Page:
That receiver will be senior slot Charles Nelson. 

“He can do it all,” Herbert said. “I think we’re going to try to get him the ball as much as possible because he’s one of the fastest guys around. He’s a playmaker.”

Nelson is also the only receiver on the team with a proven track record of success. The elimination of senior Darren Carrington Jr. from the mix following his arrest for DUII - he transferred to Utah - thrust Nelson into the No. 1-receiver role where he must produce and help teach a slew of young receivers. 

“I just feel like I have to be more of a mentor for these guys,” he said.

Nelson's career has come full circle. In 2014 he was the lone true freshman receiver in the mix for playing time on a team with little experience at the position after Bralon Addison was lost for the year with a knee injury during spring practices. Fast forward four years later and Nelson finds himself as the lone senior receiver on a team with little experience at the position. 

Gone are six of Oregon's top seven wide receiver/tight end targets from last season. Nelson finished second in receptions with 52 for 554 yards and five touchdowns. Sophomore tight end Jacob Breeland was 10th with six grabs for 123 yards.

Consequently, the Ducks will rely on the rapid development of sophomore Dillon Mitchell (two receptions last year), redshirt sophomore Alex Ofodile (one reception last year), redshirt sophomore Malik Lovette (played cornerback last season), sophomore Brenden Schooler (started 10 games at safety last year, moved to receiver last week), and a host of freshmen receivers led by Darrian McNeal, who had a solid spring. 

Considering that Nelson started eight games at safety in 2015, the Ducks return almost as much collegiate defensive back experience at the receiver position as they do receiving experience. Oregon is hoping for a repeat of 2014 when the team returned just one receiver, Keanon Lowe, with more than 200 yards receiving in 2013.  

That 2014 season turned out just fine. The Ducks saw Nelson, Carrington, Devon Allen, Dwayne Stanford and Byron Marshall (who moved from running back because of a lack of receive depth) all explode as targets for quarterback Marcus Mariota. 

“Back then Keanon was the only guy with experience," Nelson said. "We ended up being one of the best receiving groups in the country and I feel like we can do that with this unit right here.”

For that to happen, Nelson must set the tone for the younger players on field, in the weight room and the meeting room.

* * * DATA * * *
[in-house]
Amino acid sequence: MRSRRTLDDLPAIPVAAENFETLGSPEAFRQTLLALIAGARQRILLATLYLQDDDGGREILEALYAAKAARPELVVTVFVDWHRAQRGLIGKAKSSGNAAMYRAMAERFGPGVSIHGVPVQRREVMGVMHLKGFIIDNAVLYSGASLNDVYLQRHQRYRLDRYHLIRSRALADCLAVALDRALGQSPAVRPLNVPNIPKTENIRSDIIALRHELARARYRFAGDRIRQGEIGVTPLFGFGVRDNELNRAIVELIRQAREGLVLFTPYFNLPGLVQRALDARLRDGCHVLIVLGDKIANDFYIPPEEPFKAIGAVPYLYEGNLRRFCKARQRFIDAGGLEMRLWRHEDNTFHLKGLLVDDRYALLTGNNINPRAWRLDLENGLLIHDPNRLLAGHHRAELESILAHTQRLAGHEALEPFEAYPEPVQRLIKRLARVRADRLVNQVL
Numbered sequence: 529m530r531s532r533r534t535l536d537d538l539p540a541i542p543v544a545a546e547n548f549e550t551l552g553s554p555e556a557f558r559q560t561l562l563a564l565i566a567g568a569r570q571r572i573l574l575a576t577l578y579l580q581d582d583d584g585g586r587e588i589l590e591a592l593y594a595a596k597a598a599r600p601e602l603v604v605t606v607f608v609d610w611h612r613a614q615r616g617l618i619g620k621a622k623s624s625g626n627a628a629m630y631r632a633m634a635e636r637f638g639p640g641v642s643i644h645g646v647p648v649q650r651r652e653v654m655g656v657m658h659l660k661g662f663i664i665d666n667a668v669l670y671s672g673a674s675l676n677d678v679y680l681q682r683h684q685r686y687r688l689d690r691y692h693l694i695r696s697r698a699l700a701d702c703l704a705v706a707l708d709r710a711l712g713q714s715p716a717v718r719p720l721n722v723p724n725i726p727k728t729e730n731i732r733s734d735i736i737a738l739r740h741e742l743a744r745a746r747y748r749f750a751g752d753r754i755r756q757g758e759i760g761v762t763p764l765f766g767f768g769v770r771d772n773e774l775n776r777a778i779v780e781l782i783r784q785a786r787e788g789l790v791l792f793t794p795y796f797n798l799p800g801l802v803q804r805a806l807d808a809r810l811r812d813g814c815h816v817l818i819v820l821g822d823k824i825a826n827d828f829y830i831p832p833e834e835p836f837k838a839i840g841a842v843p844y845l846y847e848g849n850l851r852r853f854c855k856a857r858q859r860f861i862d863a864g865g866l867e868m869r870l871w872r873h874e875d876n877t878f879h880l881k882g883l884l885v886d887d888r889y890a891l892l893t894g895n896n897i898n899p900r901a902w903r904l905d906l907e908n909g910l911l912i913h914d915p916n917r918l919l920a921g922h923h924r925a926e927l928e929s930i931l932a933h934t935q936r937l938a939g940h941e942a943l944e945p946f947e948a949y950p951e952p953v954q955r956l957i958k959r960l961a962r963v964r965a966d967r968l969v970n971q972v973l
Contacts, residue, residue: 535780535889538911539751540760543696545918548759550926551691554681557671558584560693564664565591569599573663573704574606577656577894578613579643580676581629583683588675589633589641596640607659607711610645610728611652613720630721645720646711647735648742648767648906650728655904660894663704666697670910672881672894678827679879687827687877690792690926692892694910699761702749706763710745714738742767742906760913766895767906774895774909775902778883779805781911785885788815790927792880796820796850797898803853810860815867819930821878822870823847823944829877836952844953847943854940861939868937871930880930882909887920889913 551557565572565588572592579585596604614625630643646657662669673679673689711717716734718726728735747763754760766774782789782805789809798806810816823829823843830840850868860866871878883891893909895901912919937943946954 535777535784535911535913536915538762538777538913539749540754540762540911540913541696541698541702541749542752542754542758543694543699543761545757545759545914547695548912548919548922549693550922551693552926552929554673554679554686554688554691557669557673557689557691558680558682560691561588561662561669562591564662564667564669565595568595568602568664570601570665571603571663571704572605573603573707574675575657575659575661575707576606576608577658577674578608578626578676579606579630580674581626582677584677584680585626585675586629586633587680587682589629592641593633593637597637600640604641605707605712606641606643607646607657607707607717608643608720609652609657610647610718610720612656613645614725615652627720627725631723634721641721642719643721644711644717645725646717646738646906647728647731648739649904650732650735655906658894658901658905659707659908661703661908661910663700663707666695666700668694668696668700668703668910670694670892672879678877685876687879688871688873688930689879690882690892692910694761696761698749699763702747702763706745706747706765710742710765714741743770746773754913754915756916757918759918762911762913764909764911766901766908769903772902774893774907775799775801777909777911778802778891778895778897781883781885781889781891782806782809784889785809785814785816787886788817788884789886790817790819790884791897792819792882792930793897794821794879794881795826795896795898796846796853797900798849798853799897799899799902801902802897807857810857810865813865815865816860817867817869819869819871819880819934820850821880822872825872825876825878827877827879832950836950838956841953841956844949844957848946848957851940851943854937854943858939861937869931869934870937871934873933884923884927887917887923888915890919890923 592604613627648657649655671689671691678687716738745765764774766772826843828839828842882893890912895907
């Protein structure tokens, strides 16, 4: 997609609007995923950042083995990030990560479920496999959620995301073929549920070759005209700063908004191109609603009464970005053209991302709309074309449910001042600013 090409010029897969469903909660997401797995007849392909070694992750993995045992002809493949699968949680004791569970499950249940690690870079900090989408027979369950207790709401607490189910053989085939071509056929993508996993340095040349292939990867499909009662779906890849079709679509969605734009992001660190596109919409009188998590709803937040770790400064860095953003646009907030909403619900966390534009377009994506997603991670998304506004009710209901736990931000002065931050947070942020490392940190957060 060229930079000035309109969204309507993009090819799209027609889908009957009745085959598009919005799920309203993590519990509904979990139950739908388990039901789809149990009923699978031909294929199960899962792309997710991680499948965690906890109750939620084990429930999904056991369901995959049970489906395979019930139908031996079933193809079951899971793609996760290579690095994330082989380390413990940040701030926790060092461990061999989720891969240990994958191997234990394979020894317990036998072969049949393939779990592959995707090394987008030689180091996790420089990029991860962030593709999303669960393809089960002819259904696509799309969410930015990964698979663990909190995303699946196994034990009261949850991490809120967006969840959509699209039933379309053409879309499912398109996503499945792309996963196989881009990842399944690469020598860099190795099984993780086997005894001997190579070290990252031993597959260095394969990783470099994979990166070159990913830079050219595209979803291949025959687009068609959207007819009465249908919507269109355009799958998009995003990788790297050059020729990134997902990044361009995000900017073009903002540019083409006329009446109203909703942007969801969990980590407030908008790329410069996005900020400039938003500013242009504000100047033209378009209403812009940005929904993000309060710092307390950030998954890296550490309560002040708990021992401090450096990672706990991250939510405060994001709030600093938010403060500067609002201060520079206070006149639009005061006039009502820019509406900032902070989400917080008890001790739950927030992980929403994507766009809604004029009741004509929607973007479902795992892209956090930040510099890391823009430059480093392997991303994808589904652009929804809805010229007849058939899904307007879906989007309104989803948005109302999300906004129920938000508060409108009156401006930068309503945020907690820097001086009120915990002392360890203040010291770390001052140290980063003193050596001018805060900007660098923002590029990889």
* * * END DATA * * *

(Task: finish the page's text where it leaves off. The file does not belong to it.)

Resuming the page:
“Charles has been a great leader for us by showing us how it’s done,” Mitchell said.

Herbert has witnessed Nelson the leader in action: “He’s already done a great job with that. He’s already stepped up and put some of them under his wing.”

Oregon coach Willie Taggart said Nelson has taken it upon himself to act as big brother to the younger receivers. 

“We just told Charles to be Charles,” Taggart said. “We’re not going to ask guys to be more than they have to. With Charles, we didn’t ask him to do anything. I think he’s taken it upon himself to be that guy.”

More importantly, Nelson needs to be that guy Herbert can rely on to make plays. 

Oregon Football now a family after Taggart's courses in team chemistry

Oregon Football now a family after Taggart's courses in team chemistry

EUGENE - Oregon coach Willie Taggart relishes team unity. Watching players who at one time barely knew one another talking, sharing and laughing it up while eating in the team cafeteria brings a smile to his face. 

So does venturing into the weight room to see players encouraging and competing with one another while working to improve. And, noticing players who in the past would leave the Hatfield-Dowlin Complex all alone now strolling off in groups.

“To sit back and watch that I get goose bumps,” Taggart said. “This is how it’s supposed to be.”

The Ducks, who began fall camp on Monday, having seemingly erased the issue of team fracturing that impacted last year's 4-8 season. Team chemistry and bonding have returned to the 2014 levels when the Ducks last won the Pac-12 championship and advance to the national title game. 

Two years of erosion in those departments certainly contributed to the program's downfall. Taggart, when hired last December, set out to fix the fragile mess with a cocktail of team bonding endeavors he hoped would create an atmosphere that encouraged togetherness away from the field that would translate into better play on game days. Players and coaches hang out together more often, engage in the same leisurely activities and enjoy spirited yet playful ribbing. 

“It’s so important that our guys come together, and enjoy being around each other, and love each other,” Taggart said. “I think training camp is a time where we continue to build that so once we get to the fall guys go out and play for one another.”

-- Friends first -- 

Taggart's energy inspires and influences. He seeks out his players. Welcomes them into his office. He wants to be in their presence. He wants them to seek him out, not fear him. The result is that players feel more comfortable about their place on the team beyond executing the Xs and Os of football.